TechnoServe also helped their team develop an inclusive business plan, enabling the company to purchase its crops. Our staff also helped the company improve its processing facilities’ utilization rate and adapt its marketing strategy.
A Bright Future for African Food Systems
The AA Nafaka team persevered through the challenges of the pandemic and even rehired three employees who had been laid off. The company also purchased more than $20,000 of crops directly from 112 smallholder farmers, 80% of whom were women. And it purchased roughly the same amount from an aggregator that bought directly from smallholder farmers.
With the support of organizations like TechnoServe and initiatives like the CFAI, small food businesses like AA Nafaka have been able to bounce back from the challenges of the COVID-19 pandemic. As a result, these enterprises are better equipped to adapt to future crises, ensuring African food systems’ ongoing strength and sustainability.
The Power of Inclusive Sourcing and Business Models
By focusing on inclusive sourcing models that prioritize organized farmer groups, the livelihoods of smallholder farmers that are often disproportionately affected by disruptions in the food system can be greatly improved.
Inclusive sourcing and business models prioritize farmers by:
- Ensuring fair prices
- Providing market access
- Offering capacity-building support
- Facilitating access to resources
- Strengthening farmer organizations
- Fostering long-term partnerships
- Promoting environmental sustainability.
By prioritizing farmers in these ways, these models aim to improve their livelihoods, enhance their resilience, and contribute to sustainable agricultural development.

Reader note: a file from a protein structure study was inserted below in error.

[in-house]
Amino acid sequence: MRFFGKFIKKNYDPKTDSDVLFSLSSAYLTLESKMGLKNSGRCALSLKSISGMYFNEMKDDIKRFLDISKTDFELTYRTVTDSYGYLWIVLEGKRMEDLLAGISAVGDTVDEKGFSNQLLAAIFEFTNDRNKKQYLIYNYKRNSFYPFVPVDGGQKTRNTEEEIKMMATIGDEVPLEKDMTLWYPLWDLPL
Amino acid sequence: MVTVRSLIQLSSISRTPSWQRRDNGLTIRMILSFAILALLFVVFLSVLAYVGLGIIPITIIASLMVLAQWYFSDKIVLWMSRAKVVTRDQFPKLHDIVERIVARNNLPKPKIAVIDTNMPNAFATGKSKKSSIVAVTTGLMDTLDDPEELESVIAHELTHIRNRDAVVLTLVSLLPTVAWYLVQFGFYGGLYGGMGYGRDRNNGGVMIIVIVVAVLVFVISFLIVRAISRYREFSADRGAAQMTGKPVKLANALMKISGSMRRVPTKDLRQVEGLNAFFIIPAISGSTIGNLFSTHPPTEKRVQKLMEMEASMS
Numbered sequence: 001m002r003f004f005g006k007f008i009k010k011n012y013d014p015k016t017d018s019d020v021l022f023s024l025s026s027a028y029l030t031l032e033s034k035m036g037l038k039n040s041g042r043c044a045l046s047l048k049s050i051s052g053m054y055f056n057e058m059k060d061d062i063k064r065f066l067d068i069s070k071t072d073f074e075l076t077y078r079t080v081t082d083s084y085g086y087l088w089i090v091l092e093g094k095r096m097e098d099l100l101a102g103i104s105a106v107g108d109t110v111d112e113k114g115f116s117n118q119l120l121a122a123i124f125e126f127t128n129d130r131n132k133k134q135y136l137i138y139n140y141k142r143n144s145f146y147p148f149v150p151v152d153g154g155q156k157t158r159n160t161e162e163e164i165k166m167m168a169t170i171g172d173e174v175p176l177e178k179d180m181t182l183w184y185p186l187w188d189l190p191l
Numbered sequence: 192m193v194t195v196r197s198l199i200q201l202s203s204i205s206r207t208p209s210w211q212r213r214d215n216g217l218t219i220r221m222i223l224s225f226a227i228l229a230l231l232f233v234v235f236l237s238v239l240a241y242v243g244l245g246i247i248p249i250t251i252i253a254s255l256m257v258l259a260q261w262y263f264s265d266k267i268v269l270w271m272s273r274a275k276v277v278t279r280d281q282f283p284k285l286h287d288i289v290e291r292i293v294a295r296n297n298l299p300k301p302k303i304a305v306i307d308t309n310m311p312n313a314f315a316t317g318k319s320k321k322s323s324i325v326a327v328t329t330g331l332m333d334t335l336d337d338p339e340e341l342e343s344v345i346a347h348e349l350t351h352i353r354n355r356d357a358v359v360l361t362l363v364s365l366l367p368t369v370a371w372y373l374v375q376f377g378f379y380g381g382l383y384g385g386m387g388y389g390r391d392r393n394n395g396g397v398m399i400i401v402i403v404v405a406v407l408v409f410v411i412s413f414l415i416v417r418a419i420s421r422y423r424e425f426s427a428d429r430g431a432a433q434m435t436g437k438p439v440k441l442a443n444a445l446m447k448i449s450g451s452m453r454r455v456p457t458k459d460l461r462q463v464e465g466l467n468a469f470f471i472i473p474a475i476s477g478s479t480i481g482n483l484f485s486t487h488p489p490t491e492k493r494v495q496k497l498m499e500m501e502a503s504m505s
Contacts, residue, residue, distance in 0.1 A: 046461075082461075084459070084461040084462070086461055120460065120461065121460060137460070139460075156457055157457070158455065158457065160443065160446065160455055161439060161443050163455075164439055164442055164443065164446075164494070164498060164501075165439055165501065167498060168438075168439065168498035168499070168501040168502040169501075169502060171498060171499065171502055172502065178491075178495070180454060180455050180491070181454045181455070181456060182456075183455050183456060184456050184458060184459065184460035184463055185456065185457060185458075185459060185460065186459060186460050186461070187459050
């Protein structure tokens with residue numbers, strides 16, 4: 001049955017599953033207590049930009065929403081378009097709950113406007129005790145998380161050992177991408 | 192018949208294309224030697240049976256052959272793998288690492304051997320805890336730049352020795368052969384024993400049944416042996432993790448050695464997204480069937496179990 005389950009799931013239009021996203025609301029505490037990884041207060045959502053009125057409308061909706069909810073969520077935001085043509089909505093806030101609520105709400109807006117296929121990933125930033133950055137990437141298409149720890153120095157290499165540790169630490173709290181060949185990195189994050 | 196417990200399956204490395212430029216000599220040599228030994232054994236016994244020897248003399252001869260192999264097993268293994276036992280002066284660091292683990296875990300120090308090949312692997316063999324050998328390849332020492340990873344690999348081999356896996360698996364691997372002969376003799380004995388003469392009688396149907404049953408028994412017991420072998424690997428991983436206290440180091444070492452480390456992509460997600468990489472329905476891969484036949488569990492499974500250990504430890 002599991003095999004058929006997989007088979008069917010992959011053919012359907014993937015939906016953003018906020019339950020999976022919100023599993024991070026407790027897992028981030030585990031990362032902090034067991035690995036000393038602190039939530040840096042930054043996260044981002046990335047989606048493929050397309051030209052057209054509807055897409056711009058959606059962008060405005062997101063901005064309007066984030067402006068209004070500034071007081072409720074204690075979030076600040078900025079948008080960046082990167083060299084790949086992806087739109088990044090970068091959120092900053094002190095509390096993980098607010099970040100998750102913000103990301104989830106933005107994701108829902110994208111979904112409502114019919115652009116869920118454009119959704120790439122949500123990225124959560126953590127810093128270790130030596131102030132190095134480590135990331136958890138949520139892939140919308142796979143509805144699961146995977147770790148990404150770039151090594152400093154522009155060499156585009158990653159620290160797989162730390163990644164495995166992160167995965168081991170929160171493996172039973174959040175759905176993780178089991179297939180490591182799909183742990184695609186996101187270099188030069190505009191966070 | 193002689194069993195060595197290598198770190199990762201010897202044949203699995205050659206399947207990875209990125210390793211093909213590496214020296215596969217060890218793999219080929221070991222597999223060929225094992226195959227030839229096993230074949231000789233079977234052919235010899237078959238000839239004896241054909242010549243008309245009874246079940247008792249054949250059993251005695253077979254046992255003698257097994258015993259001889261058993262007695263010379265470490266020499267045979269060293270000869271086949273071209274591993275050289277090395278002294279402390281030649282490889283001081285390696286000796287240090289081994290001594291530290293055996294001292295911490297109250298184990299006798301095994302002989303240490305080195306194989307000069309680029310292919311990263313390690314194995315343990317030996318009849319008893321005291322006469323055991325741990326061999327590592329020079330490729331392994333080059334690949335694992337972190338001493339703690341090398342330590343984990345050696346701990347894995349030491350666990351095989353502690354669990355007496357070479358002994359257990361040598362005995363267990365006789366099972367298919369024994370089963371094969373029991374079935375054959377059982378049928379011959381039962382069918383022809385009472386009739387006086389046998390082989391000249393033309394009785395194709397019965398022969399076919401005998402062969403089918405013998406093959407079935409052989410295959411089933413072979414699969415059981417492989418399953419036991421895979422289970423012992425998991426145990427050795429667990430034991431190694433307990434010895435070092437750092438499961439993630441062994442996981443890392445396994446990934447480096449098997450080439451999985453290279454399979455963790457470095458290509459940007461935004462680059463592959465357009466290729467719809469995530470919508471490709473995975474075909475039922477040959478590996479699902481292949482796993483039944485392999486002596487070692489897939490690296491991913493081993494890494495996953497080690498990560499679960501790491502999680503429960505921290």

Embracing Digital Technology for a Connected Food System
From access to information and knowledge to financial services and mobile banking, digital technology offers enormous potential for revolutionizing African food systems, making them more efficient, resilient, and inclusive. By leveraging digital tools like supply chain management and traceability, data-driven decision-making platforms, and digital extension services, small food businesses, and their stakeholders can overcome barriers and work together toward a more robust and sustainable food system. These technologies can have a huge hand in increasing food system transparency and resilience by tracking food supply chains, collecting secure data, connecting small-scale producers, and increasing their access to networks and services.
For instance, TechnoServe has been implementing polygon mapping for its large agricultural programs for the past two years. Polygon mapping involves taking a smartphone with Google Maps or other GPS-enabled apps for offline use and walking around the boundaries of a farm to map the farm perimeter.
The Collective Impact of Small Food Businesses
Small food businesses play a crucial role in African food systems by providing nutritious food, supporting smallholder farmers, and contributing to economic development and food security. However, the COVID-19 pandemic highlighted the vulnerabilities of these businesses and the need for innovative solutions to strengthen their resilience. Collaborative efforts from organizations like TechnoServe have demonstrated the power of inclusive sourcing models and the potential for digital technology to transform African food systems.
With continued support and investment, small food businesses can thrive, adapt to future challenges, and contribute to African food systems’ ongoing strength and sustainability, benefiting farmers, consumers, and communities across the continent.